The first canal 14 in the base 13 is located closest to the catch 12 and has, on the bottom, an opening 20 which is used for the cable to be fastened and its interior is distinctly of a smooth finish. The second canal 15, located closest to the outside with respect to the catch 12, is open and is formed by two parallel flasks 21 and 22 without hood, and has an interior of flanges 23 which are inclined toward the bottom and designed to maintain the cable in position. These flanges 23 are placed with respect to the direction of the traction applied to a cable below the point 19 of the V profile gap 18. The flanges 23 more particularly illustrated in FIG. 8 are decurrent, that is, have a progressive profile in the manner of the laminae of leaves, so that they maintain the cable to be fastened having a diameter D more than the interval L between the ends and between flange points of the two different rows fastened to the two opposite partitions 21 and 22.
FIG. 9 illustrates an alternate embodiment of the flanges 23 whose shape is simpler to achieve in mold but is none the less a self-locking feature. The flanges 23 are inclined toward the bottom, in the opposite direction of the traction and therefore self-locking when traction is administered to the cable introduced between the two flange rows. The plane of the interval between these two flange rows 23 is perpendicular to the plane which contains the V profile gap 18. The intersection of these two planes is parallel to the direction of the traction.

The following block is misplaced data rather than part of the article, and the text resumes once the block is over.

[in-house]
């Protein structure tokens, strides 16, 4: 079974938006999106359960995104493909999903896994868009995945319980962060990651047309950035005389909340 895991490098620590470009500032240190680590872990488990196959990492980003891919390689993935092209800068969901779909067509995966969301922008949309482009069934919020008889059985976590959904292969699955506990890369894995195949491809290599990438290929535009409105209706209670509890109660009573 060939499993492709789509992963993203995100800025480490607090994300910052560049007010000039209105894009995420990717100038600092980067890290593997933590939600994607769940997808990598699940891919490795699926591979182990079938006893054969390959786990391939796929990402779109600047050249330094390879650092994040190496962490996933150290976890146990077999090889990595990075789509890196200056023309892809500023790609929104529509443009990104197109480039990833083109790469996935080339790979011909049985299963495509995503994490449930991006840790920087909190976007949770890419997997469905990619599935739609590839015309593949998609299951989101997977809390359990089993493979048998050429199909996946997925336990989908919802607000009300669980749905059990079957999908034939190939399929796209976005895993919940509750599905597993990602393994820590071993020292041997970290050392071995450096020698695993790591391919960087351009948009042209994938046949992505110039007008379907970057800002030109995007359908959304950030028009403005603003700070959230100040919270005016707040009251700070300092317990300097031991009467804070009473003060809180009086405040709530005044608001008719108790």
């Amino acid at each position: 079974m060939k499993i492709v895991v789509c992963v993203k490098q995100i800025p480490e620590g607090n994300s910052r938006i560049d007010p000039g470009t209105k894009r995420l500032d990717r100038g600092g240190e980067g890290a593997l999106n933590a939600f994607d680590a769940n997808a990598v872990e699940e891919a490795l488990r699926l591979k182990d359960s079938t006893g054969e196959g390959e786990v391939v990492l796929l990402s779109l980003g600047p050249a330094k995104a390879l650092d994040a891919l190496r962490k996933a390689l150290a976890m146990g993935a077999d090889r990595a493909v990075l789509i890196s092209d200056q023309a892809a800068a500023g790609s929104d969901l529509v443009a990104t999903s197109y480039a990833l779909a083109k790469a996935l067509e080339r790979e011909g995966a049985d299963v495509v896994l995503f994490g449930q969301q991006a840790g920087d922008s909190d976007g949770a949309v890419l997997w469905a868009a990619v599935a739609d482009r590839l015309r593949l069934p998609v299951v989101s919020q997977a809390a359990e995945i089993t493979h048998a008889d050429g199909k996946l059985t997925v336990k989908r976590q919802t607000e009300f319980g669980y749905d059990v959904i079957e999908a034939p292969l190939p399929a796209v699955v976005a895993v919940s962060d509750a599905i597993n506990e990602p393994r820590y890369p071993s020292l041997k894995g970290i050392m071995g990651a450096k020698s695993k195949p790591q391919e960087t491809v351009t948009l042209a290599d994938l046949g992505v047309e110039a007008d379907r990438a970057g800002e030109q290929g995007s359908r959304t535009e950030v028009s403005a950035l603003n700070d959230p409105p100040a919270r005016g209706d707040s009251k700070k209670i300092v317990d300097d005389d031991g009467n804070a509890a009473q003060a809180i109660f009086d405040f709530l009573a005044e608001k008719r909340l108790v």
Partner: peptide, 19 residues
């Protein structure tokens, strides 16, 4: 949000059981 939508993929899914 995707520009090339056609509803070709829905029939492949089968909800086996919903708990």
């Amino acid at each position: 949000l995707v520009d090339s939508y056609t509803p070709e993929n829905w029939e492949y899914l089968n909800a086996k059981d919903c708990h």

As shown in FIG. 4 an angle gamma at the summit of the V gap 18 may be in the range of 40 to 60 degrees. The profile at the summit of the partition 16 may conform to what is represented in FIG. 6 with summit angle alpha near 60 degrees permitting the reduction of the thickness of the partition 16 and the maximization of the convergent compression forces. The thickness of the partition is of the order of a third of the diameter of the non-stretched cable. The bottom of the V gap 18 may be equipped with a rounded opening, as represented by 19 of FIG. 7. This will increase the spring effect of the slit of the V gap.